Syria and Chemical Weapons

Going on its 8th year in a Civil War, Syria is seeing an increase in deaths and the unfortunate reality that the Syrian government is close to a victory. In March of 2011, pro-democracy protests took place in the southern city of Derra after “some teenagers were arrested and tortured for painting revolutionary slogans on a school wall” (BBC News, March 2016). By July of 2011, hundreds more joined in the protests against president Assad. By June of 2013 violence escalated, and according to the UN 90,000 people had been killed in the conflict. The number increased to 250,000 by August 2015 (United Nations, August 2015).

Both revolutionist and the Syrian government have been accused of war crimes, but in August of 2013, sarin filled bombs were dropped near the capital, Damascus. Since then, the use of sarin, chlorine and other chemical agents have been suspected by the Syrian Government. Sarin is a nerve agent that can essentially cause a person’s nerves to fire all at the same time, leaving them exhausted and unable to breath. Signs and symptoms include weakness, rapid breathing, loss of consciousness, convulsions, paralysis and respiratory failure usually leading to death. Antidotes for sarin are most effective if distributed as soon possible, however, not only is there a shortage of medical supplies, but the Syrian government bombed nearby hospitals, forcing a long journey to treatment.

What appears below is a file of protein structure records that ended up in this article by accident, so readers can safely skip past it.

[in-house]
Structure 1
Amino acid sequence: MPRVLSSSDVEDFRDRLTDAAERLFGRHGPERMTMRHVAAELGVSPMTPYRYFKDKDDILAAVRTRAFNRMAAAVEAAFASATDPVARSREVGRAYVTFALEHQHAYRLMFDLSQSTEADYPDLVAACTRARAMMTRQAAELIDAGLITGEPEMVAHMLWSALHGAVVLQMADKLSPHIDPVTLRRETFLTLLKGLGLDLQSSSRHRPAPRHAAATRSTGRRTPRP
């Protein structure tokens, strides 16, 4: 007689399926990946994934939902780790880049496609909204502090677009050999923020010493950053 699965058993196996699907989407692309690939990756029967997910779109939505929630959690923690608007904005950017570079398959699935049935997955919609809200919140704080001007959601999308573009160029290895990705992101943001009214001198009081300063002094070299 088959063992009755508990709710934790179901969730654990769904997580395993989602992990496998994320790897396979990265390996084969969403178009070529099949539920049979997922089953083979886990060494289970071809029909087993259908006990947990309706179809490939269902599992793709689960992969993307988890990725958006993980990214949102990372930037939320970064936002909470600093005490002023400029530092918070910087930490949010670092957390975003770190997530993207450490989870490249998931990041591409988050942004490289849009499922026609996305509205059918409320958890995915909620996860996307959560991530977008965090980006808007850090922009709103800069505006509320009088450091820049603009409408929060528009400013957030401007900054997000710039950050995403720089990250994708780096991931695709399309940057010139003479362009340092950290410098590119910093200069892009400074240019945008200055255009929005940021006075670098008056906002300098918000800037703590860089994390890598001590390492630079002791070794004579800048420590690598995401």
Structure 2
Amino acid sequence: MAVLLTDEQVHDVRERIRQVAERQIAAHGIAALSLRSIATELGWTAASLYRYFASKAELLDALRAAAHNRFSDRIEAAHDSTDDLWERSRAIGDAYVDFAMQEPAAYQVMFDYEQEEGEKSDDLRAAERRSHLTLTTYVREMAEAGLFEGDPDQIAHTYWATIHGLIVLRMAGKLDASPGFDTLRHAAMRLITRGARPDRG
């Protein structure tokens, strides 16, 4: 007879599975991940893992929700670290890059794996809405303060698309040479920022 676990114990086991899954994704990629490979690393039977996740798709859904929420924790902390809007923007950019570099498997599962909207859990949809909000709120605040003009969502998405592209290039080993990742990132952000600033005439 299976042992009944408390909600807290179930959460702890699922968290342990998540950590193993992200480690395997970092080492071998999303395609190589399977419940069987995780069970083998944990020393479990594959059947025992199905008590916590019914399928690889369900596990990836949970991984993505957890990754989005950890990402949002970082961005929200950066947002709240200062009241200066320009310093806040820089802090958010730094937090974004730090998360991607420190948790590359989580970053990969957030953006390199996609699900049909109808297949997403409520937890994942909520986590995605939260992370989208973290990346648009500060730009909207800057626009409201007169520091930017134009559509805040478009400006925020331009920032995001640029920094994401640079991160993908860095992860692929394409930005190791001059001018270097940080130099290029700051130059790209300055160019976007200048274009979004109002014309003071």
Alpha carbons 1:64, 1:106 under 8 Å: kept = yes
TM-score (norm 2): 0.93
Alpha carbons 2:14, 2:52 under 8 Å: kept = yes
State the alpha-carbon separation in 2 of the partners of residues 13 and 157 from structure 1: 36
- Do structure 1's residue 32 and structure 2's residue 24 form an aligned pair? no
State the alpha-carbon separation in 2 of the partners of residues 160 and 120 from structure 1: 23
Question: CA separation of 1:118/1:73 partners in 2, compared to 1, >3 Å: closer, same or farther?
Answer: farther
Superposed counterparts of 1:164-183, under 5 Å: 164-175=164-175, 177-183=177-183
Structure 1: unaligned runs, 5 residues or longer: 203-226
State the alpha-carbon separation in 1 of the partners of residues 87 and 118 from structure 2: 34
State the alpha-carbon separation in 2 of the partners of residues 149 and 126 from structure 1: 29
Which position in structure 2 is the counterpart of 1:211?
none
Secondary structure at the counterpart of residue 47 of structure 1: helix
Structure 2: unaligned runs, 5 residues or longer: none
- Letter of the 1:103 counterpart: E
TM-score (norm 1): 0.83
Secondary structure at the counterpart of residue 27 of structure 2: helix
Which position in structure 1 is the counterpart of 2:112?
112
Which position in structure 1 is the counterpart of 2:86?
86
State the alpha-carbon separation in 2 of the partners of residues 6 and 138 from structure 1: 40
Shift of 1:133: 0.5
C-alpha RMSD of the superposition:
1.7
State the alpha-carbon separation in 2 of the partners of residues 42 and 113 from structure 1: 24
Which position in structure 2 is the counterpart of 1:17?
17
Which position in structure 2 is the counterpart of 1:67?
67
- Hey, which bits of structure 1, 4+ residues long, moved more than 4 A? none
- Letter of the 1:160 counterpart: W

The video below contains graphic images.


The civil war has turned into a humanitarian crisis. Most recently…

Eastern Ghouta, a Damascus suburb, is the latest victim of chemical warfare from the Syrian government. The Syrian Civil Defense, also known as the White Helmets, reported over 670 people have been killed in the area since the first airstrike on February 18th. Chlorine gas, suspected to be involved in the eastern Ghouta attacks, typically causes difficulty breathing and a cough. There is no antidote to chlorine poisoning, and it is virtually impossible to predict the outcomes of an exposure. Dose, amount of time exposed and other external factors influence survivorship.


The video below contains graphic images.

UPDATE 04/10/18

Over the weekend, dozens of people were killed in what is believed to be another chemical attack. This attack occurred in Douma, the last rebel-held area near the capital Damascus. Again, the Assad regime is being blamed for the attacks, although the regime has denied involvement. The attack was described as a one-two chemical attack. The first attack is suspected to use chlorine gas. The second attack, however, was much stronger and while aid workers report a chlorine odor, they believe the attack was mixed with other more powerful chemical agents, causing instant death.

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Alexandra Dove

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